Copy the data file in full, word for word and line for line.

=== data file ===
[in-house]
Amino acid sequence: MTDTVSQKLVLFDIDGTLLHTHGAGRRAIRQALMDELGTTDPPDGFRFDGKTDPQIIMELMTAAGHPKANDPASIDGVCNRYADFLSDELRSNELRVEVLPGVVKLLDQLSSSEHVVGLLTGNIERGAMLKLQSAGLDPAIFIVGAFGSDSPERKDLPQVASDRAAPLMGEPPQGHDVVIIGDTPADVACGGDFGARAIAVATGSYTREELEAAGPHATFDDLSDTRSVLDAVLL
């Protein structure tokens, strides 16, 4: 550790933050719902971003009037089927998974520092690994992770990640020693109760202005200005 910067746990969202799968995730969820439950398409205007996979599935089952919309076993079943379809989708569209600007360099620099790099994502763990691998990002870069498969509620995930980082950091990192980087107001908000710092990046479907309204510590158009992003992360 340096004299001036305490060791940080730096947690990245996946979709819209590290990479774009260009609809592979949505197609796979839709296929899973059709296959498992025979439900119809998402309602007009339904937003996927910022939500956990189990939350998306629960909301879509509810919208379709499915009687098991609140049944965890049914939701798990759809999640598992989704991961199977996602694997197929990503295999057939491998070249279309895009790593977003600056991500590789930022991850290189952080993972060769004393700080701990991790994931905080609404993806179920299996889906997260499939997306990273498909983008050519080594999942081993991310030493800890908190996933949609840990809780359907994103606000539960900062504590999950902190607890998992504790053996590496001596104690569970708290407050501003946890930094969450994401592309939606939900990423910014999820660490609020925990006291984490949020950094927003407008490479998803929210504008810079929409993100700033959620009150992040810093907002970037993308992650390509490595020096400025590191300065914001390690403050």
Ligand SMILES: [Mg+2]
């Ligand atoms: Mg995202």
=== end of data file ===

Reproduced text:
[in-house]
Amino acid sequence: MTDTVSQKLVLFDIDGTLLHTHGAGRRAIRQALMDELGTTDPPDGFRFDGKTDPQIIMELMTAAGHPKANDPASIDGVCNRYADFLSDELRSNELRVEVLPGVVKLLDQLSSSEHVVGLLTGNIERGAMLKLQSAGLDPAIFIVGAFGSDSPERKDLPQVASDRAAPLMGEPPQGHDVVIIGDTPADVACGGDFGARAIAVATGSYTREELEAAGPHATFDDLSDTRSVLDAVLL
């Protein structure tokens, strides 16, 4: 550790933050719902971003009037089927998974520092690994992770990640020693109760202005200005 910067746990969202799968995730969820439950398409205007996979599935089952919309076993079943379809989708569209600007360099620099790099994502763990691998990002870069498969509620995930980082950091990192980087107001908000710092990046479907309204510590158009992003992360 340096004299001036305490060791940080730096947690990245996946979709819209590290990479774009260009609809592979949505197609796979839709296929899973059709296959498992025979439900119809998402309602007009339904937003996927910022939500956990189990939350998306629960909301879509509810919208379709499915009687098991609140049944965890049914939701798990759809999640598992989704991961199977996602694997197929990503295999057939491998070249279309895009790593977003600056991500590789930022991850290189952080993972060769004393700080701990991790994931905080609404993806179920299996889906997260499939997306990273498909983008050519080594999942081993991310030493800890908190996933949609840990809780359907994103606000539960900062504590999950902190607890998992504790053996590496001596104690569970708290407050501003946890930094969450994401592309939606939900990423910014999820660490609020925990006291984490949020950094927003407008490479998803929210504008810079929409993100700033959620009150992040810093907002970037993308992650390509490595020096400025590191300065914001390690403050």
Ligand SMILES: [Mg+2]
């Ligand atoms: Mg995202």